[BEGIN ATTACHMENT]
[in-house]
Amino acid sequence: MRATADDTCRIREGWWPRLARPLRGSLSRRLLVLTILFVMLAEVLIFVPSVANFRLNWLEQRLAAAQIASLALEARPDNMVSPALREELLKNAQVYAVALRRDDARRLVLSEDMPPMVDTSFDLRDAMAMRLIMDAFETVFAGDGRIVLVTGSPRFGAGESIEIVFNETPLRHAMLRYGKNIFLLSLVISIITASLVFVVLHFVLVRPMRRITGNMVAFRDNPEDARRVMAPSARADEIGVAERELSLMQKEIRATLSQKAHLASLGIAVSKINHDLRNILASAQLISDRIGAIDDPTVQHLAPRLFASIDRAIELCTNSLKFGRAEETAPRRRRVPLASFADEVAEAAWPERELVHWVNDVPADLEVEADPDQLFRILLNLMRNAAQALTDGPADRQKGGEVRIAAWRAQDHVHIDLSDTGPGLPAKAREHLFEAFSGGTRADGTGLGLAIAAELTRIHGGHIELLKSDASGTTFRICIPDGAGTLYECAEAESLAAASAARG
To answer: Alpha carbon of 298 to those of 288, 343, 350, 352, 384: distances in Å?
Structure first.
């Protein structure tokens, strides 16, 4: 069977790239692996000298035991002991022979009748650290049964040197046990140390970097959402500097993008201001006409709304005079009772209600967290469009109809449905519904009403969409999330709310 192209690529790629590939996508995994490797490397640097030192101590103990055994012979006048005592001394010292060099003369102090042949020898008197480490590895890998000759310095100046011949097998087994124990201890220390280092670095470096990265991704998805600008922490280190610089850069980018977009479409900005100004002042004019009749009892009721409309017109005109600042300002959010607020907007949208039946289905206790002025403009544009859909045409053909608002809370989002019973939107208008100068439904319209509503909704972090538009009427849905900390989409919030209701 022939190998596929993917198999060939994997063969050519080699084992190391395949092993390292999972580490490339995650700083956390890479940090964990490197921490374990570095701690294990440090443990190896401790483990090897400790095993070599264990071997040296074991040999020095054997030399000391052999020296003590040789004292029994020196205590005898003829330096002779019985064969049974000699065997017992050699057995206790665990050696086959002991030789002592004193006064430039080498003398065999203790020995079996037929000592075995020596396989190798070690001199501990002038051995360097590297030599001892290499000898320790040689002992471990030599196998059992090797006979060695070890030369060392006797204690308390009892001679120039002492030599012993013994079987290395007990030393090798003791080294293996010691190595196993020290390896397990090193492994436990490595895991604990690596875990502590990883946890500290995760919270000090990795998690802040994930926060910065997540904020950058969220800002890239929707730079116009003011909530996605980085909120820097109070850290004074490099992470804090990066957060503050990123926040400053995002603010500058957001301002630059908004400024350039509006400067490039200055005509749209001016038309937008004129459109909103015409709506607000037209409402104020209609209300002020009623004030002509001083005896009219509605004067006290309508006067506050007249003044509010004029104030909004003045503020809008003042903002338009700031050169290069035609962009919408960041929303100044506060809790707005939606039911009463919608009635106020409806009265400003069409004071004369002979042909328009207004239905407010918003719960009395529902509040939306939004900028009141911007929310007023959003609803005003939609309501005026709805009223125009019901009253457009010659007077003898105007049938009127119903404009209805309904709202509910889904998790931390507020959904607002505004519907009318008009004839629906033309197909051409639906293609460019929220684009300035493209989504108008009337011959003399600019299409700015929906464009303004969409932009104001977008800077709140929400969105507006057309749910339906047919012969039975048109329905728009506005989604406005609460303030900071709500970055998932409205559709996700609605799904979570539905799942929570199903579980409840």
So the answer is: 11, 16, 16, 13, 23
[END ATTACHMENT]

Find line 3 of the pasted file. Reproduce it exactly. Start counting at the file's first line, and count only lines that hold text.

To answer: Alpha carbon of 298 to those of 288, 343, 350, 352, 384: distances in Å?